Dr. Jessica Vogelsang, a veterinarian, author, and founder of pawcurious, echoed Speck’s statement, but allowed that there’s no such thing as being too cautious. “It’s hard for me to criticize such a well-meaning warning, because there’s really no harm in following the advice to keep pets inside during the eclipse,” Vogelsang told Snopes. “It’s better to be too cautious than not cautious enough. But in the interest of offering a realistic risk assessment, the likelihood of a pet ruining their eyes the same way a human would during an eclipse is much lower—not because the damage would be any less were they to stare at the sun, but because, from a behavior standpoint, dogs and cats just don’t have any interest in doing so. We tend to extrapolate a lot of things from people to pets that just doesn’t bear out, and this is one of them.

“I’ve seen lots of warnings from the astronomy community and the human medical community about the theoretical dangers of pets and eclipses, but I’m not sure if any of them really know animal behavior all that well," Vogelsang continued. "It’s not like there’s a big outcry from the wildlife community to go chase down coyotes and hawks and bears and give them goggles either. While we in the veterinary community absolutely appreciate people being concerned about their pets’ wellbeing, this is a non-issue for us.”

The bigger issue, according to several experts, would be with pets who are already sensitive to Mother Nature. "If you have the sort of pet that's normally sensitive to shifts in the weather, they might be disturbed by just the whole vibe because the temperature will drop and the sky will get dark,” Melanie Monteiro, a pet safety expert and author of The Safe-Dog Handbook: A Complete Guide to Protecting Your Pooch, Indoors and Out, told TODAY.

“If [your pets] have learned some association with it getting darker, they will show that behavior or at a minimum they get confused because the timeframe does not correspond,” Dr. Carlo Siracusa of Penn Vet Hospital told CBS Philly. “You might put the blinds down, but not exactly when the dark is coming but when it is still light.” 

While Monteiro again reasserts that, "Dogs and cats don't normally look up into the sun, so you don't need to get any special eye protection for your pets,” she says that it’s never a bad idea to take some extra precautions. So if you’re headed out to an eclipse viewing party, why not do your pets a favor and leave them at home. They won’t even know what they’re missing.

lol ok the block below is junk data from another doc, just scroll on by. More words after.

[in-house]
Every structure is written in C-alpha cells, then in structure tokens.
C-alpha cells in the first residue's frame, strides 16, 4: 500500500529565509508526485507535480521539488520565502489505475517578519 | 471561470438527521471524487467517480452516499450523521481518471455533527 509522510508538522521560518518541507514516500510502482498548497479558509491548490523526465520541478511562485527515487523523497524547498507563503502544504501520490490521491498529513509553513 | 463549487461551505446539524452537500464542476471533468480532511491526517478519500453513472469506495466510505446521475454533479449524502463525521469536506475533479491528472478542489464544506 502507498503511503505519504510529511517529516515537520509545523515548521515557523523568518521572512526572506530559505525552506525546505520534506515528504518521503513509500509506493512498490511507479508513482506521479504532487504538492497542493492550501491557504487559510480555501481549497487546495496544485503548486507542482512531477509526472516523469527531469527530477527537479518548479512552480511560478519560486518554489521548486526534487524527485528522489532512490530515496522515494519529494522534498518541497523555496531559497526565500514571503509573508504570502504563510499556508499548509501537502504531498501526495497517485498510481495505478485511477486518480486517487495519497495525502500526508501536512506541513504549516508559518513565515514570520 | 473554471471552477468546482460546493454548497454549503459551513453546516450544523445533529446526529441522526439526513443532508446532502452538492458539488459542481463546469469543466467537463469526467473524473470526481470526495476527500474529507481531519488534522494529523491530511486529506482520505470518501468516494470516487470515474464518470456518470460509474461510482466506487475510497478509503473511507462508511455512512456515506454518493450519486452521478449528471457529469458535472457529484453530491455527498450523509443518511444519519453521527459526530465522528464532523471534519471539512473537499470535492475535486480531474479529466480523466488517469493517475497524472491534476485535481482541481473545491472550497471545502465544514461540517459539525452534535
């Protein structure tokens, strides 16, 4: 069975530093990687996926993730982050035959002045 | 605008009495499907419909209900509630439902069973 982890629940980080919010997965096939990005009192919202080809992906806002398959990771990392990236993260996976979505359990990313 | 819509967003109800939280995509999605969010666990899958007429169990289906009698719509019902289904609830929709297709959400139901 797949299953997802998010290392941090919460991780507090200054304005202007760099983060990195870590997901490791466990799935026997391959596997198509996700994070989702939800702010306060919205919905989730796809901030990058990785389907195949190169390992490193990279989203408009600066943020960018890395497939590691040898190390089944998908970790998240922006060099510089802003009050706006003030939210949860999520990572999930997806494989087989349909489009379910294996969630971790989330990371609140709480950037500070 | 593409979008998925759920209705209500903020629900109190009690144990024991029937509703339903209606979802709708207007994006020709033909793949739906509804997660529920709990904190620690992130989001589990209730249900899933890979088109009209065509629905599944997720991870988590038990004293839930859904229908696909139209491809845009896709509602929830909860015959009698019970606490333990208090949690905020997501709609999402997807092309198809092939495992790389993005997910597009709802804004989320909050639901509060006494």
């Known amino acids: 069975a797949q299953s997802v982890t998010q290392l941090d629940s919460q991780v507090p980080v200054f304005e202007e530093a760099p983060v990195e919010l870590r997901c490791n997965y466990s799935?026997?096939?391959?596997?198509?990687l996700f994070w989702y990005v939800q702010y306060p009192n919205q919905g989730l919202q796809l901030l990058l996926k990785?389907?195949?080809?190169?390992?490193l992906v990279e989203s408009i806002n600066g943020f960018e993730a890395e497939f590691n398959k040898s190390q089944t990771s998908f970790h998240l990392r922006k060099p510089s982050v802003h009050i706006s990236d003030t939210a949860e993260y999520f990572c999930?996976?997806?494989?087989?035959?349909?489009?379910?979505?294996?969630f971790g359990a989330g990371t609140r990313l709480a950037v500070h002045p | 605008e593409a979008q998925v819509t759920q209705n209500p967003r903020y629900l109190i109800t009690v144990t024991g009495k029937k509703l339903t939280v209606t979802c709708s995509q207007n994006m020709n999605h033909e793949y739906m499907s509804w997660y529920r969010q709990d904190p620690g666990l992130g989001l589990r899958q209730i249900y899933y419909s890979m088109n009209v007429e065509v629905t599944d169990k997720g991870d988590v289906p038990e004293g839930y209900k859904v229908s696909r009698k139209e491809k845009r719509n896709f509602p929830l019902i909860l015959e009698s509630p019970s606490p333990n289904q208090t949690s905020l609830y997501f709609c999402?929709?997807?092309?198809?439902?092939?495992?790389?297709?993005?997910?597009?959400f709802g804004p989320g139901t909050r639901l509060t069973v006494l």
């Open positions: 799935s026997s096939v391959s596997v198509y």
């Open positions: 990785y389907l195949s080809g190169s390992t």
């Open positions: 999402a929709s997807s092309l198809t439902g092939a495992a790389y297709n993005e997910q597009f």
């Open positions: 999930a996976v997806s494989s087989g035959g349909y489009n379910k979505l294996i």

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Animals
Plagued with Rodents, Members of the UK Parliament Demand a Cat
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Members of the United Kingdom’s Parliament want a cat, but not just for office cuddles: As The Telegraph reports, the Palace of Westminster—the meeting place of Parliament’s two houses, the House of Commons and the House of Lords—is overrun with vermin, and officials have had enough. They think an in-house feline would keep the rodents at bay and defray skyrocketing pest control costs.

Taxpayers in the UK recently had to bear the brunt of a $167,000 pest control bill after palace maintenance projects and office renovations disturbed mice and moths from their slumber. The bill—which was nearly one-third higher than the previous year’s—covered the cost of a full-time pest control technician and 1700 bait stations. That said, some Members of Parliament (MPs) think their problem could be solved the old-fashioned way: by deploying a talented mouser.

MP Penny Mordaunt tried taking matters into her own hands by bringing four cats—including her own pet kitty, Titania—to work. (“A great believer in credible deterrence, I’m applying the principle to the lower ministerial corridor mouse problem,” she tweeted.) This solution didn’t last long, however, as health and safety officials banned the cats from Parliament.

While cats aren’t allowed in Parliament, other government offices reportedly have in-house felines. And now, MPs—who are sick of mice getting into their food, running across desks, and scurrying around in the tearoom—are petitioning for the same luxury.

"This is so UNFAIR,” MP Stella Creasy said recently, according to The Telegraph. “When does Parliament get its own cats? We’ve got loads of mice (and some rats!) after all!" Plus, Creasy points out, a cat in Parliament is “YouTube gold in waiting!"

Animal charity Battersea Dogs & Cats Home wants to help, and says it’s been trying to convince Parliament to adopt a cat since 2014. "Battersea has over 130 years [experience] in re-homing rescue cats, and was the first choice for Downing Street, the Foreign and Commonwealth Office, and the Cabinet Office when they sought our mousers to help with their own rogue rodents,” charity head Lindsey Quinlan said in a statement quoted by The Telegraph. “We'd be more than happy to help the Houses of Parliament recruit their own chief mousers to eliminate their pest problem and restore order in the historic corridors of power."

As of now, only assistance and security dogs are allowed on palace premises—but considering that MPs spotted 217 mice alone in the first six months of 2017, top brass may have to reconsider their rules and give elected officials purr-mission to get their own feline office companions.

[h/t The Telegraph]